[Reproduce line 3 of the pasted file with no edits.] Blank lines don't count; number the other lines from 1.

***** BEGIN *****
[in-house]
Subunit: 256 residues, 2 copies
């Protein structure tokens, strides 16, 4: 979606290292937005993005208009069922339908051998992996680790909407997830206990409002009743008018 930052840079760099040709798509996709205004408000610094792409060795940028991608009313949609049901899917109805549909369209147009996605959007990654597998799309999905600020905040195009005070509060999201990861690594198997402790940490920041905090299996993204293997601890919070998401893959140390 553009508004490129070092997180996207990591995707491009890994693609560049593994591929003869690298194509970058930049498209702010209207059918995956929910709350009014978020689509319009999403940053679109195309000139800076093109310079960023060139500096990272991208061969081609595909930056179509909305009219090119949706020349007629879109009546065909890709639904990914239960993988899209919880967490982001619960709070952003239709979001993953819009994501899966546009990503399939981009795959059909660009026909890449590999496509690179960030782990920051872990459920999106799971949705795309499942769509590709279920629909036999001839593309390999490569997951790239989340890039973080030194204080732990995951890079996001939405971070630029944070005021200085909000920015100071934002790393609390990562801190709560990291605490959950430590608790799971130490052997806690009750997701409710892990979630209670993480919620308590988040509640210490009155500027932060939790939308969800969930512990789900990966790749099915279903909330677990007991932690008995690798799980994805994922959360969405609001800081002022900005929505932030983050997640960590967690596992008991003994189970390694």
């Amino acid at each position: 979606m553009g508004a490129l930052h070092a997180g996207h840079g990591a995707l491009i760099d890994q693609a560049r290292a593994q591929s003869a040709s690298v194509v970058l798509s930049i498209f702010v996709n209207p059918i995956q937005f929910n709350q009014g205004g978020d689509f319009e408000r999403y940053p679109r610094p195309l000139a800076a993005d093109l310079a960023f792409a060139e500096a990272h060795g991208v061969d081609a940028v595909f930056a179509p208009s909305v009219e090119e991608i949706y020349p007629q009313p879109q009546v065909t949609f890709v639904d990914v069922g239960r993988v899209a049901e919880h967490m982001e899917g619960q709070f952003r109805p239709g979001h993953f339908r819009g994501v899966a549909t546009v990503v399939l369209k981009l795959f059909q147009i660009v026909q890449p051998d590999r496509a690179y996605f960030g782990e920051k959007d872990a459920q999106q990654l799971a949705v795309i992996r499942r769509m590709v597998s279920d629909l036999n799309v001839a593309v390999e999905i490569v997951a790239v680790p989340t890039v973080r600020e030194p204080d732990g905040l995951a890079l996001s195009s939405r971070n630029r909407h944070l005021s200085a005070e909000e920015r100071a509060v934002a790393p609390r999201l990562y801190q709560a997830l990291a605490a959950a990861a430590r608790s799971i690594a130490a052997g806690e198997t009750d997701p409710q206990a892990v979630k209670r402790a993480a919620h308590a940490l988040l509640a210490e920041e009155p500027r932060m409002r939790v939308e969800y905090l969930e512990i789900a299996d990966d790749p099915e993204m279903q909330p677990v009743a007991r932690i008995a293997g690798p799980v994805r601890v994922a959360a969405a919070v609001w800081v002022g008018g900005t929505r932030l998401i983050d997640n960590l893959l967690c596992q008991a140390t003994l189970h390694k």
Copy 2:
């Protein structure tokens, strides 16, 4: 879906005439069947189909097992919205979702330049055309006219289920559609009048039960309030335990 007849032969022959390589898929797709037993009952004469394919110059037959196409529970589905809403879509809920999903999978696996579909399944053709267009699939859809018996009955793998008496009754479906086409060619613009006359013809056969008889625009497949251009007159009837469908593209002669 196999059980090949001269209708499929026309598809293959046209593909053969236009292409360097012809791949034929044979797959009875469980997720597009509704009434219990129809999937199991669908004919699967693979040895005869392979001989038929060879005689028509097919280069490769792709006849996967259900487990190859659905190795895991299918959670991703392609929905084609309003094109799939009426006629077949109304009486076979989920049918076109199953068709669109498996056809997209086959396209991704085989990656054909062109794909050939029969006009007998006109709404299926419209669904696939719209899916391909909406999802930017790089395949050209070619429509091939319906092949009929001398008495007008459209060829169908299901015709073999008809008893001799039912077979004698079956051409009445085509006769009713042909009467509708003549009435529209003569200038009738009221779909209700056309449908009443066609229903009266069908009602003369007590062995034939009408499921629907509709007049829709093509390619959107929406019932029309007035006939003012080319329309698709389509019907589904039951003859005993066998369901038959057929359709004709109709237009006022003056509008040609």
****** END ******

């Protein structure tokens, strides 16, 4: 979606290292937005993005208009069922339908051998992996680790909407997830206990409002009743008018 930052840079760099040709798509996709205004408000610094792409060795940028991608009313949609049901899917109805549909369209147009996605959007990654597998799309999905600020905040195009005070509060999201990861690594198997402790940490920041905090299996993204293997601890919070998401893959140390 553009508004490129070092997180996207990591995707491009890994693609560049593994591929003869690298194509970058930049498209702010209207059918995956929910709350009014978020689509319009999403940053679109195309000139800076093109310079960023060139500096990272991208061969081609595909930056179509909305009219090119949706020349007629879109009546065909890709639904990914239960993988899209919880967490982001619960709070952003239709979001993953819009994501899966546009990503399939981009795959059909660009026909890449590999496509690179960030782990920051872990459920999106799971949705795309499942769509590709279920629909036999001839593309390999490569997951790239989340890039973080030194204080732990995951890079996001939405971070630029944070005021200085909000920015100071934002790393609390990562801190709560990291605490959950430590608790799971130490052997806690009750997701409710892990979630209670993480919620308590988040509640210490009155500027932060939790939308969800969930512990789900990966790749099915279903909330677990007991932690008995690798799980994805994922959360969405609001800081002022900005929505932030983050997640960590967690596992008991003994189970390694």